A vegetarian diet can help reduce water consumption across Europe


Source: European Commission, Environment DG

Different European regions have very different diets and environmental conditions, meaning their water consumption varies widely. Despite this, switching to vegetarian diets in keeping with regional variation would substantially reduce water consumption in all areas, a new study concludes. Where people choose to eat meat, adopting a healthy diet low in oils and sugar will also reduce water consumption, although to a lesser degree.

There is increasing pressure on global water resources, with demand rising and the effects of climate change causing concern. Water use efficiency is therefore a key issue. In the EU, the consumption of agricultural products represents 89% of the water ‘footprint’, accounting for 4265 lcd (litres per person per day) out of a total of 4815 lcd. Diet is therefore thought to have a substantial influence on water consumption.

In this study, researchers examine the effects of diet on water footprint, taking into account the differences in regional diets. The four regions were those geographical regions defined by the UN for the compilation of statistics. They included the north (Denmark, Estonia, Finland, Ireland, Latvia, Lithuania, Sweden and the UK); the east (the Czech Republic, Bulgaria, Hungary, Poland, Romania and Slovakia); the west (Austria, Belgium, France, Germany, Luxembourg and the Netherlands); and the south (Croatia, Cyprus, Greece, Italy, Malta, Portugal, Slovenia and Spain).

The researchers calculated the different water footprints of three different diets for each region: 1. the current diet in the region (based on national food consumption statistics for 1996-2005); 2. a healthy diet, based on regional guidelines; and 3. a vegetarian diet, which was based on the healthy diet, but with the meat substituted with other sources of protein, such as pulses and nuts, etc.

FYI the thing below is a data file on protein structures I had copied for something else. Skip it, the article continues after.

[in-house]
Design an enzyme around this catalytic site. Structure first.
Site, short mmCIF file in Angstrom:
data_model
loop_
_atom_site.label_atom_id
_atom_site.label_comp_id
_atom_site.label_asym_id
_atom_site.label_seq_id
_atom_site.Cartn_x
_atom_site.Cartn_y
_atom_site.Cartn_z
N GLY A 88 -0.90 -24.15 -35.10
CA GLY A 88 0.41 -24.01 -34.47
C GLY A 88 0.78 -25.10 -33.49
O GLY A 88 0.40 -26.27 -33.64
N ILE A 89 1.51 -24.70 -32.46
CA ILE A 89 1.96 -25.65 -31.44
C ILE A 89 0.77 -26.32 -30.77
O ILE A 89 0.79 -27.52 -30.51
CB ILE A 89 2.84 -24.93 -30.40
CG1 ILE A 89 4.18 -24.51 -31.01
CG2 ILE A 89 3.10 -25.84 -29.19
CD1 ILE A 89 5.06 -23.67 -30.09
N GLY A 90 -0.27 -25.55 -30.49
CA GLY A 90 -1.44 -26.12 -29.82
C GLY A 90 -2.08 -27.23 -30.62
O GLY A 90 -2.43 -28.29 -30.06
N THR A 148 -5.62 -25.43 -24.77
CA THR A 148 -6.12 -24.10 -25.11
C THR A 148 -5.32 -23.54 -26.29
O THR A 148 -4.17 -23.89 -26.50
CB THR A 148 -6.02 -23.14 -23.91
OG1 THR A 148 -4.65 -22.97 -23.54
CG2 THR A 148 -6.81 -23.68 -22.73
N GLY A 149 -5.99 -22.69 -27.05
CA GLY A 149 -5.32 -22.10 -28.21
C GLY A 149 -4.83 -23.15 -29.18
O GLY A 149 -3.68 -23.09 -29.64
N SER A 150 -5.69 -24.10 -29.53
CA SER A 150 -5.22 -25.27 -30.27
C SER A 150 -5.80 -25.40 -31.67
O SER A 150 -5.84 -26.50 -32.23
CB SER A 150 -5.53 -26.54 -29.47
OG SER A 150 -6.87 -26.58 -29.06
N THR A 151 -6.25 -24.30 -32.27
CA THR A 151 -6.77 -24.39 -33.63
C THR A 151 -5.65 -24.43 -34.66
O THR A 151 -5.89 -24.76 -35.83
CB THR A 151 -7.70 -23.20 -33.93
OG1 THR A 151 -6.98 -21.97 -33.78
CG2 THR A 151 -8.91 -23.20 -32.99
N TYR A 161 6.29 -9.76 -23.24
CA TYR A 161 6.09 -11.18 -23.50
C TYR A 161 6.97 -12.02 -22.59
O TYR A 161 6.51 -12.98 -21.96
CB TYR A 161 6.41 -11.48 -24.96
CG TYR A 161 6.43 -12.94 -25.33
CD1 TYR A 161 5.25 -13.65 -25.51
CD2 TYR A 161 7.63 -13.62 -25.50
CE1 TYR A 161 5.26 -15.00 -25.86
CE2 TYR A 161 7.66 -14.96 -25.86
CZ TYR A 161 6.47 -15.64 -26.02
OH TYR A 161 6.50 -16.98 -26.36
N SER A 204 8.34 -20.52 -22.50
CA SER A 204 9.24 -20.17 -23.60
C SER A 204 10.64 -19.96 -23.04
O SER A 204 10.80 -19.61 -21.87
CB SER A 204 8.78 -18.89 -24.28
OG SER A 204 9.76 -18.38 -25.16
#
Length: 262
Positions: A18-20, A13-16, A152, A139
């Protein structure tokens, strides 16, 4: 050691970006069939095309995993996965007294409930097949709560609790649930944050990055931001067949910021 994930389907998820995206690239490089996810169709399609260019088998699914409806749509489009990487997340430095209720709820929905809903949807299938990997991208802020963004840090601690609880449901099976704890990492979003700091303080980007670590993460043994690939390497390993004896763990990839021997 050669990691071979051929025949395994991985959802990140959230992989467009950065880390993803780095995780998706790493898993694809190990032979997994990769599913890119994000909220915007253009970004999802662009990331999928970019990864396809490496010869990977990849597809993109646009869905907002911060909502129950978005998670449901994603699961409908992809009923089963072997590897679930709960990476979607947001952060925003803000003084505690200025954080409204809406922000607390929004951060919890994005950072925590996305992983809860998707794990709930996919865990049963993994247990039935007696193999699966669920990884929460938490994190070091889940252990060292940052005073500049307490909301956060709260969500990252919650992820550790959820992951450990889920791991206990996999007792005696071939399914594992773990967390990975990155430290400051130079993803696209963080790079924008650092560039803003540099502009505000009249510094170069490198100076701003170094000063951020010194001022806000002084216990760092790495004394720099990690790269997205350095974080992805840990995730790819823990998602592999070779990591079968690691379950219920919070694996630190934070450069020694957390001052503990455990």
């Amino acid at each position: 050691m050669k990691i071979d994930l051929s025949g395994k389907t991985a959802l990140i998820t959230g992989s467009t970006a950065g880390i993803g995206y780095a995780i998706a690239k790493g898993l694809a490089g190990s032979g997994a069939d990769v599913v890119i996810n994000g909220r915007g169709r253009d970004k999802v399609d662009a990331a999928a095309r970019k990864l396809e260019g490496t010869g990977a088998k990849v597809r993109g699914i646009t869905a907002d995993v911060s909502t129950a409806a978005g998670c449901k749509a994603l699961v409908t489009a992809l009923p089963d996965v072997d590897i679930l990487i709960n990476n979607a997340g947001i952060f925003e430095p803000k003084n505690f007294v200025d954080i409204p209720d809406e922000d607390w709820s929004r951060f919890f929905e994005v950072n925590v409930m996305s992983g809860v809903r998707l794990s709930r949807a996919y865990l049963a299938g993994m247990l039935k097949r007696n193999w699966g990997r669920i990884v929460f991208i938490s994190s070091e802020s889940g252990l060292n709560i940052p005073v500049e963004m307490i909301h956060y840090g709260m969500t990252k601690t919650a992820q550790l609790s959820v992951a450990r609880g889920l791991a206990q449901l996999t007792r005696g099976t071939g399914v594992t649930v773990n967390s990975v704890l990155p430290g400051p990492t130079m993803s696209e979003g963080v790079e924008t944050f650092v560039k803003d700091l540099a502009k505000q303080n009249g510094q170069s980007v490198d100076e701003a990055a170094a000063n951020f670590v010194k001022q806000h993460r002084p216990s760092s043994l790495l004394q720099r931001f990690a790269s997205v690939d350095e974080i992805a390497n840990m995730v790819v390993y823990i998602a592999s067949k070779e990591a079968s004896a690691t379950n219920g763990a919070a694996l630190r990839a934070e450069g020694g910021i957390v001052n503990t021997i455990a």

The results demonstrate that vegetarian diets achieve the greatest reduction in water consumption across all four regions. The two lowest footprints of the current diets were in the north and west. In the north, the current water footprint is calculated as 3197 lcd and this dropped by 3% to 3091 lcd under the healthy diet and by 32% to 2166 lcd under the vegetarian diet. In the west, the total of 3761 lcd was reduced by 26% as a result of the healthy diet and 41% for the vegetarian.

In the south, the current water footprint was largest, as expected for hotter countries where, for example, irrigation may be required for crop production. However, consumption of meat was also high, with the current consumption of 58.9 kg per person per year almost three times the regional recommendation of 20.8 kg. The southern total of 5875 lcd dropped by 30% under the healthy diet and 41% under the vegetarian diet. Countries in the east eat the least meat and current water consumption of 4053 lcd dropped by 11% for the healthy diet and by 27% for the vegetarian diet.

This study shows that reducing the amount of meat, sugar and oils in a diet can have a significant effect on the water footprint, even when regional differences are taken into consideration. The researchers do note one important limitation: water footprint estimates for fish are not available and could not be included; however, they note that this will in fact result in underestimation of current water footprint.

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